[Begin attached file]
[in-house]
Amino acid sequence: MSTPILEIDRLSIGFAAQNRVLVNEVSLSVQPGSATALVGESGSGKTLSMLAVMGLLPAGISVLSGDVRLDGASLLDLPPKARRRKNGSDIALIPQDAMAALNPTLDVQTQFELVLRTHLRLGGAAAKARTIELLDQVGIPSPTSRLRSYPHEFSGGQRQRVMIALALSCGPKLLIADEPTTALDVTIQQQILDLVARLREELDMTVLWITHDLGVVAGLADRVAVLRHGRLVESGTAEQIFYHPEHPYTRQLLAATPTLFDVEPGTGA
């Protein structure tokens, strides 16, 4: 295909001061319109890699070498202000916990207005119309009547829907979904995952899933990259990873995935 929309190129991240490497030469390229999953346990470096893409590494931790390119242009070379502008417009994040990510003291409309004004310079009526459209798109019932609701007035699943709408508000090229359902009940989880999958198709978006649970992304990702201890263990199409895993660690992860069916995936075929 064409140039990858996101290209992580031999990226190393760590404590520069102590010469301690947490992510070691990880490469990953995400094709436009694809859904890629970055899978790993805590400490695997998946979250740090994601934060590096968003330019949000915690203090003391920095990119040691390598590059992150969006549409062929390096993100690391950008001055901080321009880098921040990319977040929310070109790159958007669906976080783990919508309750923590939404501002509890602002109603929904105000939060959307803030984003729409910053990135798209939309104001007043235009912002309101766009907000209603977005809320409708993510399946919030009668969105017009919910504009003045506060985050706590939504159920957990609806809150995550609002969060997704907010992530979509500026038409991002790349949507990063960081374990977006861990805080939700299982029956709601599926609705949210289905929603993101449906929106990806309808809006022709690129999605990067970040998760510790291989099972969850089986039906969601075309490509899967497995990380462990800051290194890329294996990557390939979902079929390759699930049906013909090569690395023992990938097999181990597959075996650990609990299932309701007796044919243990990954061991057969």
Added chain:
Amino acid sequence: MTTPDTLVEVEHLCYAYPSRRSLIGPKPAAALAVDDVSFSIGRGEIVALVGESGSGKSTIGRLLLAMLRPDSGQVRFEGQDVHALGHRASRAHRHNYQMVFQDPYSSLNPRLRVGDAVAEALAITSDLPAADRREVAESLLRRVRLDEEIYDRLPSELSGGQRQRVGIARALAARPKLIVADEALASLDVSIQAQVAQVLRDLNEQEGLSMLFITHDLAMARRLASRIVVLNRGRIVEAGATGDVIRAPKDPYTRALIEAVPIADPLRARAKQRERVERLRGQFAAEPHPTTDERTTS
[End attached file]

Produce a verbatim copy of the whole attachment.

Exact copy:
[in-house]
Amino acid sequence: MSTPILEIDRLSIGFAAQNRVLVNEVSLSVQPGSATALVGESGSGKTLSMLAVMGLLPAGISVLSGDVRLDGASLLDLPPKARRRKNGSDIALIPQDAMAALNPTLDVQTQFELVLRTHLRLGGAAAKARTIELLDQVGIPSPTSRLRSYPHEFSGGQRQRVMIALALSCGPKLLIADEPTTALDVTIQQQILDLVARLREELDMTVLWITHDLGVVAGLADRVAVLRHGRLVESGTAEQIFYHPEHPYTRQLLAATPTLFDVEPGTGA
């Protein structure tokens, strides 16, 4: 295909001061319109890699070498202000916990207005119309009547829907979904995952899933990259990873995935 929309190129991240490497030469390229999953346990470096893409590494931790390119242009070379502008417009994040990510003291409309004004310079009526459209798109019932609701007035699943709408508000090229359902009940989880999958198709978006649970992304990702201890263990199409895993660690992860069916995936075929 064409140039990858996101290209992580031999990226190393760590404590520069102590010469301690947490992510070691990880490469990953995400094709436009694809859904890629970055899978790993805590400490695997998946979250740090994601934060590096968003330019949000915690203090003391920095990119040691390598590059992150969006549409062929390096993100690391950008001055901080321009880098921040990319977040929310070109790159958007669906976080783990919508309750923590939404501002509890602002109603929904105000939060959307803030984003729409910053990135798209939309104001007043235009912002309101766009907000209603977005809320409708993510399946919030009668969105017009919910504009003045506060985050706590939504159920957990609806809150995550609002969060997704907010992530979509500026038409991002790349949507990063960081374990977006861990805080939700299982029956709601599926609705949210289905929603993101449906929106990806309808809006022709690129999605990067970040998760510790291989099972969850089986039906969601075309490509899967497995990380462990800051290194890329294996990557390939979902079929390759699930049906013909090569690395023992990938097999181990597959075996650990609990299932309701007796044919243990990954061991057969």
Added chain:
Amino acid sequence: MTTPDTLVEVEHLCYAYPSRRSLIGPKPAAALAVDDVSFSIGRGEIVALVGESGSGKSTIGRLLLAMLRPDSGQVRFEGQDVHALGHRASRAHRHNYQMVFQDPYSSLNPRLRVGDAVAEALAITSDLPAADRREVAESLLRRVRLDEEIYDRLPSELSGGQRQRVGIARALAARPKLIVADEALASLDVSIQAQVAQVLRDLNEQEGLSMLFITHDLAMARRLASRIVVLNRGRIVEAGATGDVIRAPKDPYTRALIEAVPIADPLRARAKQRERVERLRGQFAAEPHPTTDERTTS